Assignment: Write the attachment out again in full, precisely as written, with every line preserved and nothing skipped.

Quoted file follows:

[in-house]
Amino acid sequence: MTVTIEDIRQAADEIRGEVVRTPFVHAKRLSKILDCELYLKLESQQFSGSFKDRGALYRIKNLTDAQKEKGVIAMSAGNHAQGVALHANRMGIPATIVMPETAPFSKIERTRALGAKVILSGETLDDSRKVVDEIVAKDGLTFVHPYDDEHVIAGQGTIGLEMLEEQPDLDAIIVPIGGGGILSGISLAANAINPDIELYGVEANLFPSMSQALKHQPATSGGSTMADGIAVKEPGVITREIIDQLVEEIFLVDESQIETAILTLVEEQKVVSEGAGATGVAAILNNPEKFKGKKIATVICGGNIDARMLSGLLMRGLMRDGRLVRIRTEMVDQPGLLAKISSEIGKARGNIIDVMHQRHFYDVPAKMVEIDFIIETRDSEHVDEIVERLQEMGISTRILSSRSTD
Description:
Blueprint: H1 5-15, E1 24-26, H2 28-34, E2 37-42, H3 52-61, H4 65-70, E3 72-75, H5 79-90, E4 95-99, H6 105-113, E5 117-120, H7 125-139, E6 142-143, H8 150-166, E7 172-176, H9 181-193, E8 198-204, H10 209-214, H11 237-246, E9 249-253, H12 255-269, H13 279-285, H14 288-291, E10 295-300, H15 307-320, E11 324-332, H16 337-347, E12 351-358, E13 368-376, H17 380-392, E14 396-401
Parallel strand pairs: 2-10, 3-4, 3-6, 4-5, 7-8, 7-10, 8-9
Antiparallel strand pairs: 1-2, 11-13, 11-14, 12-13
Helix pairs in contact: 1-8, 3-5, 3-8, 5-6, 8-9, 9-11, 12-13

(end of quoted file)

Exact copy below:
[in-house]
Amino acid sequence: MTVTIEDIRQAADEIRGEVVRTPFVHAKRLSKILDCELYLKLESQQFSGSFKDRGALYRIKNLTDAQKEKGVIAMSAGNHAQGVALHANRMGIPATIVMPETAPFSKIERTRALGAKVILSGETLDDSRKVVDEIVAKDGLTFVHPYDDEHVIAGQGTIGLEMLEEQPDLDAIIVPIGGGGILSGISLAANAINPDIELYGVEANLFPSMSQALKHQPATSGGSTMADGIAVKEPGVITREIIDQLVEEIFLVDESQIETAILTLVEEQKVVSEGAGATGVAAILNNPEKFKGKKIATVICGGNIDARMLSGLLMRGLMRDGRLVRIRTEMVDQPGLLAKISSEIGKARGNIIDVMHQRHFYDVPAKMVEIDFIIETRDSEHVDEIVERLQEMGISTRILSSRSTD
Description:
Blueprint: H1 5-15, E1 24-26, H2 28-34, E2 37-42, H3 52-61, H4 65-70, E3 72-75, H5 79-90, E4 95-99, H6 105-113, E5 117-120, H7 125-139, E6 142-143, H8 150-166, E7 172-176, H9 181-193, E8 198-204, H10 209-214, H11 237-246, E9 249-253, H12 255-269, H13 279-285, H14 288-291, E10 295-300, H15 307-320, E11 324-332, H16 337-347, E12 351-358, E13 368-376, H17 380-392, E14 396-401
Parallel strand pairs: 2-10, 3-4, 3-6, 4-5, 7-8, 7-10, 8-9
Antiparallel strand pairs: 1-2, 11-13, 11-14, 12-13
Helix pairs in contact: 1-8, 3-5, 3-8, 5-6, 8-9, 9-11, 12-13